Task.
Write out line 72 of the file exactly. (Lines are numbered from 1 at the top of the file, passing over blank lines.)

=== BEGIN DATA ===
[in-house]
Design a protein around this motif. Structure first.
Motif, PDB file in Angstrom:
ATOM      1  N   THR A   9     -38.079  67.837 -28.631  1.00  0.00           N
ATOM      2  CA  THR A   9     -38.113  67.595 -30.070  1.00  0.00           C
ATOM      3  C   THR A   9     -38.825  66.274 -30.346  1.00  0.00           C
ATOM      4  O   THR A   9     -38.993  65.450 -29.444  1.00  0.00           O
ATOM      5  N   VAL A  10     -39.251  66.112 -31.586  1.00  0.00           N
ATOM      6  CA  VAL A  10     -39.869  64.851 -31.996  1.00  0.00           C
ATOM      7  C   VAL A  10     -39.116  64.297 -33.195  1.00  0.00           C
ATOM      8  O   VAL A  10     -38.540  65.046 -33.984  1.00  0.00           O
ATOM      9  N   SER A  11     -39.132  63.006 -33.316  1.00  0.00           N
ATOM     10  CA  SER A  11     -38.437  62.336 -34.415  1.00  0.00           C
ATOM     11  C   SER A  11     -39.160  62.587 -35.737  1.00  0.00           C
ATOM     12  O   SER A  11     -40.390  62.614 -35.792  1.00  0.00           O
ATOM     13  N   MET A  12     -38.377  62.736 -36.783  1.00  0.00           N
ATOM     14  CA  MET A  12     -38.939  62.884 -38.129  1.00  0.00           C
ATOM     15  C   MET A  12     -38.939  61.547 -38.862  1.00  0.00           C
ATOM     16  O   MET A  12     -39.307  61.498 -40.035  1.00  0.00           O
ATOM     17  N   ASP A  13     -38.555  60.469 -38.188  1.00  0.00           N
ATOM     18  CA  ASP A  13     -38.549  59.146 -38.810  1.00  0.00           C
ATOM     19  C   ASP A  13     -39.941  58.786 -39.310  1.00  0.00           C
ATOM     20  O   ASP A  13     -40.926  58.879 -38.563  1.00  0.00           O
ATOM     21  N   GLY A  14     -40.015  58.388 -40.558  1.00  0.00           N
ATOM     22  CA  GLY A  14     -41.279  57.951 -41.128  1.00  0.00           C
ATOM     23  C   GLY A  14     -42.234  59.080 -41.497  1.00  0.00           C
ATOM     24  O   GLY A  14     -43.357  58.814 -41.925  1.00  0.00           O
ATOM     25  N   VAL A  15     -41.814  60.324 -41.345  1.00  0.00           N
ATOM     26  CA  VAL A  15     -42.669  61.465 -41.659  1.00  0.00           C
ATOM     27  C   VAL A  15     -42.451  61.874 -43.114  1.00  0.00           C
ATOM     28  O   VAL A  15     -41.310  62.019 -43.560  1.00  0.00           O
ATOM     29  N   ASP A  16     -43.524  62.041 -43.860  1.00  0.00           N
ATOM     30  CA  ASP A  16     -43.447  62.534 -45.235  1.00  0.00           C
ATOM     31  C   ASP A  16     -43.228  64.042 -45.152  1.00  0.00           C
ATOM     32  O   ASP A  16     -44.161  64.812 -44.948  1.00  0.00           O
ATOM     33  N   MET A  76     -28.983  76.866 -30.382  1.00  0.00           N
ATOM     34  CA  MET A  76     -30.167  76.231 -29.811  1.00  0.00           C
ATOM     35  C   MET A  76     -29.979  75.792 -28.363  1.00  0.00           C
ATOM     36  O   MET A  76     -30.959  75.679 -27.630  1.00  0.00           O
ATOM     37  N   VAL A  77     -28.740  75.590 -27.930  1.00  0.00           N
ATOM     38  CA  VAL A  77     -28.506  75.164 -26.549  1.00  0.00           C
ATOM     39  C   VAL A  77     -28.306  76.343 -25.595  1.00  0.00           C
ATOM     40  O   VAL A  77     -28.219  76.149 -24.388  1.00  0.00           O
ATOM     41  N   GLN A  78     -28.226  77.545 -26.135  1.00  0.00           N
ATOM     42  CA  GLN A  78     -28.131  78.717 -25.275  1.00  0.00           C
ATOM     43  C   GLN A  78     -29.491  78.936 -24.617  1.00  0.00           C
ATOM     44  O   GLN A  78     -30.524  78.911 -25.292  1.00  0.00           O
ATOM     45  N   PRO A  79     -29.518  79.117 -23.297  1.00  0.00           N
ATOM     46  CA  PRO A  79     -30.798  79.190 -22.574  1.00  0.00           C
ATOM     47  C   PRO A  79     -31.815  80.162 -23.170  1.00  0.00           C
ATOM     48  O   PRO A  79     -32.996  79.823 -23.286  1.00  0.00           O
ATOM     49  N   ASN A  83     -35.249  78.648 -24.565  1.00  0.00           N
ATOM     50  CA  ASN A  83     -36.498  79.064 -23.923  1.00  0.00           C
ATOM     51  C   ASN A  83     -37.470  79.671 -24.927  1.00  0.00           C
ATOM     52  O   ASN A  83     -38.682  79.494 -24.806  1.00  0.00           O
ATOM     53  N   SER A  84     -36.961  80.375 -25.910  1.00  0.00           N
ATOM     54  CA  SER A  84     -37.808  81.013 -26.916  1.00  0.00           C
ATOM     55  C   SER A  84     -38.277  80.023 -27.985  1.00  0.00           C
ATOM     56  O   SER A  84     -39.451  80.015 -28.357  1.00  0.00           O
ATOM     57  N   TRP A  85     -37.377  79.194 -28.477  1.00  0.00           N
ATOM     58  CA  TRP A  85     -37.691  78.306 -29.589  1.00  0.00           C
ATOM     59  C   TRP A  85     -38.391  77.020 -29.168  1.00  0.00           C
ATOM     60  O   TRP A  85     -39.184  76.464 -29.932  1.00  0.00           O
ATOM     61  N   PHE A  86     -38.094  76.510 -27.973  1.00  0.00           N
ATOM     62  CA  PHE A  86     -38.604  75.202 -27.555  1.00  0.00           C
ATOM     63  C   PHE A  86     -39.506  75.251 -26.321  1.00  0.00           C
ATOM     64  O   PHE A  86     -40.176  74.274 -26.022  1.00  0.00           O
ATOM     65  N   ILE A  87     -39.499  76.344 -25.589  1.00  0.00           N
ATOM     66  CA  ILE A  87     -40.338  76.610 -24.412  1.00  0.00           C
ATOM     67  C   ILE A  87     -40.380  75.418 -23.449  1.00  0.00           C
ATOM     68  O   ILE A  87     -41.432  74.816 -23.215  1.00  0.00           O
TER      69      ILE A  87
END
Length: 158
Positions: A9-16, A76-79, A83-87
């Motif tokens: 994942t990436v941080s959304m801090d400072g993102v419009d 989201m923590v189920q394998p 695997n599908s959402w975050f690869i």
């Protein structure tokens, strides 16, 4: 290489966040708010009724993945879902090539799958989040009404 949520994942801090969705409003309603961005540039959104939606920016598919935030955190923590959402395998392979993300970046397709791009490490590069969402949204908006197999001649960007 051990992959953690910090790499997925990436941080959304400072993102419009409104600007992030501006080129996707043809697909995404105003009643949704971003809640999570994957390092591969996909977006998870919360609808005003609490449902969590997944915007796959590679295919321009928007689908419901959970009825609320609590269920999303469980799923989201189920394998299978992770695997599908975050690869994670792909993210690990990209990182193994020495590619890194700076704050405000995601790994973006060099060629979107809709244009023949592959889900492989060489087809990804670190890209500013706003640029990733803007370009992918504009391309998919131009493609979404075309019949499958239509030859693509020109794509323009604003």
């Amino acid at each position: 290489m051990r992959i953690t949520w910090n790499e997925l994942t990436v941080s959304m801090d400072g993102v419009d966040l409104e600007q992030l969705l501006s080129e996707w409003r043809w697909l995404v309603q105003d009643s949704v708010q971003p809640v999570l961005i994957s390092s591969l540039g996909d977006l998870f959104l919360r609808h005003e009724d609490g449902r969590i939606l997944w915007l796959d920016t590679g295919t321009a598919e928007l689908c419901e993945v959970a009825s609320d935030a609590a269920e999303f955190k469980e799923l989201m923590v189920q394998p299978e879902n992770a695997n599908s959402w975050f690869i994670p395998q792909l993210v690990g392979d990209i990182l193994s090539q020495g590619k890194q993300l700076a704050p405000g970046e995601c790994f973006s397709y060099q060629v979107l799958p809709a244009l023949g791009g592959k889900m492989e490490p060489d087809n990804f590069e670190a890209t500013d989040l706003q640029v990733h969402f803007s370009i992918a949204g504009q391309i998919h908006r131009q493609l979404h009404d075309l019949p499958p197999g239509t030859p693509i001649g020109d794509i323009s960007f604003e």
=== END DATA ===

TER      69      ILE A  87